A crippling, historic winter storm is forecast to hit portions of the eastern US this weekend, dumping heavy snow in areas not used to snow, let alone significant snowfall. The National Weather Service in Greenville-Spartanburg, South Carolina said in a forecast discussion yesterday that this storm “might be a one-in-a-generation event for parts of the Piedmont.” Ashville, North Carolina, which saw 18.2″ of snow in the epic March 1993 “Superstorm”, could see that record fall by several inches with 1-2 feet of snow forecast for portions of the region.
Low pressure will track from the southwest U.S. to the Gulf Coast states through Saturday while cold high pressure builds across the Ohio Valley and Mid-Atlantic. This low will then move off the southeast coast Sunday into Monday. With the colder air in place, a prolonged period of snow is expected, starting as early as Saturday night, and lasting into Monday. Based on the forecast track, the heaviest snow is expected to occur across southern Virginia, into western North Carolina. While earlier guidance suggested the system may come up the northeast coastline, it no longer seems probable with a fast west-to-east weather pattern established over the region. As a result, snow from this primary storm will only reach as far north as northern West Virginia, northern Virginia, northeastern Maryland, and southern Delaware. While Washington, DC and Baltimore, MD could see light snow or flurries, no snow is expected at all for Philadelphia, PA, New York City, NY, Hartford, CT, Providence, RI, nor Boston, MA. There could be some light to moderate snows down-wind of the Great Lakes in portions of Ohio, western Pennsylvania, Upstate New York, and northern Vermont and New Hampshire. On the southern side of the storm, freezing rain, sleet, snow, and a mixture of all could fall, making travel extremely dangerous. This will be true in northeastern Alabama, northern Georgia, and central South Carolina. A light accumulation of wintry precipitation is even possible in Atlanta, GA; people there should exercise extreme caution when traveling late Sunday and Monday.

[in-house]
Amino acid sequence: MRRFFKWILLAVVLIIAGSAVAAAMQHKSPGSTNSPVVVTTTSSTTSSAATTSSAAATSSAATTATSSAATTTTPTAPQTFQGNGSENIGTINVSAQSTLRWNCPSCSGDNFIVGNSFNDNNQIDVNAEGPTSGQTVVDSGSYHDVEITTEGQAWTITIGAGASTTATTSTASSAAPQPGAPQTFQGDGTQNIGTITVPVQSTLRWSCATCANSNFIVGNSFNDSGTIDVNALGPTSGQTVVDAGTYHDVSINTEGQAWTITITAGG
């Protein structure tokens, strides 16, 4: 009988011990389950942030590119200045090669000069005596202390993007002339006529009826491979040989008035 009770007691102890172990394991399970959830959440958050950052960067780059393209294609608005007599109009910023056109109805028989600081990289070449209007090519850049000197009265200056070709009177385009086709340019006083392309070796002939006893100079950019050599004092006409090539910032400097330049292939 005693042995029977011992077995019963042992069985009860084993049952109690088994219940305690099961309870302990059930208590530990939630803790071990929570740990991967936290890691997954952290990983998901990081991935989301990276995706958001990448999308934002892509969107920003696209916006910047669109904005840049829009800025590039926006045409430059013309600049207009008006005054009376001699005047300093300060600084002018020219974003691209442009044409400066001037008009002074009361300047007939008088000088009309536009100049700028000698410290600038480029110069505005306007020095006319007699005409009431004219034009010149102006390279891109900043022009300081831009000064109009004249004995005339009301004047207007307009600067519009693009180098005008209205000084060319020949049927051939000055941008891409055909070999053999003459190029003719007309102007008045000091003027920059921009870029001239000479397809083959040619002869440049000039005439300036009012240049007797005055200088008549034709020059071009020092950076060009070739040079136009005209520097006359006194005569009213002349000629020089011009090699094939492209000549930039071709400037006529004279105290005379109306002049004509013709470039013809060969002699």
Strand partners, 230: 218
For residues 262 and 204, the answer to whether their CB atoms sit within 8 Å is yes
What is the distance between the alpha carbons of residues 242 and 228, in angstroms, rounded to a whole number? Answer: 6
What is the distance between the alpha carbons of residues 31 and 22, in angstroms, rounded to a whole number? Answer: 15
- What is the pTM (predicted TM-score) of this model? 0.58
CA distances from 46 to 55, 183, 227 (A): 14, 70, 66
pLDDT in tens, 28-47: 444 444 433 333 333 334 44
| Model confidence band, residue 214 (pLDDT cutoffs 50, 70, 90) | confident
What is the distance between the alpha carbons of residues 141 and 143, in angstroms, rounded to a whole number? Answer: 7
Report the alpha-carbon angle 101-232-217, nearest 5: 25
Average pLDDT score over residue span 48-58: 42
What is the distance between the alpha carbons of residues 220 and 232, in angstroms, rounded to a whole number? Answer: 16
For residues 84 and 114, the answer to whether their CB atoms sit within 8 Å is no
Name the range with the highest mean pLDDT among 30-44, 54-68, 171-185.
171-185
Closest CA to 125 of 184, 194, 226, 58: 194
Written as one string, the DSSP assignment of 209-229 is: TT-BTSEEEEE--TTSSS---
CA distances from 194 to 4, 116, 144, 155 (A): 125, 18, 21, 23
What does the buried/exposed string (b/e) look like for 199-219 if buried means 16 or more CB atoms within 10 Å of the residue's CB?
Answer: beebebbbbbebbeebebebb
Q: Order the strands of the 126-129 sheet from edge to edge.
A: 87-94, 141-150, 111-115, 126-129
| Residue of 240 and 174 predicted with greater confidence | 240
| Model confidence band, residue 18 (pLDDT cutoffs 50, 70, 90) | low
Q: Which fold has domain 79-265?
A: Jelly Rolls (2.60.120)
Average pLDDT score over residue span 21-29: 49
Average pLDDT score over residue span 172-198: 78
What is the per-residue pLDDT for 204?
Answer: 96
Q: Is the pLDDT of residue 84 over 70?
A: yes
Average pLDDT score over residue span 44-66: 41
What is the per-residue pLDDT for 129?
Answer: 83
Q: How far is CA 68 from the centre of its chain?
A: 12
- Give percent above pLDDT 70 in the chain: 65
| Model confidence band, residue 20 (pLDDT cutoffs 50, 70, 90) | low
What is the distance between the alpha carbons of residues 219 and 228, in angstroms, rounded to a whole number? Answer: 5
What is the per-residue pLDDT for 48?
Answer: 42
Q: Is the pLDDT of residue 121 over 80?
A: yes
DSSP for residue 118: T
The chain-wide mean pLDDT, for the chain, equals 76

With winter weather aiming for the east, the National Weather Service has already issued Winter Storm Watches for portions of Kentucky, West Virginia, Virginia, Tennessee, and North Carolina. With the storm still a few days away, many more watches, warnings, and advisories are likely to be issued. Because some areas may not be used to winter storms and the language the National Weather Service uses to describe them or the products they issue for them, they’ve released a handy map guide to help educate people on the terminology.
Snow should wrap up from west to east on Monday, giving people a chance to dig out from yet another early season snowfall. The next potent storm to impact the eastern US is expected around December 16. By then, though, temperatures could moderate enough to produce mainly liquid precipitation with that system.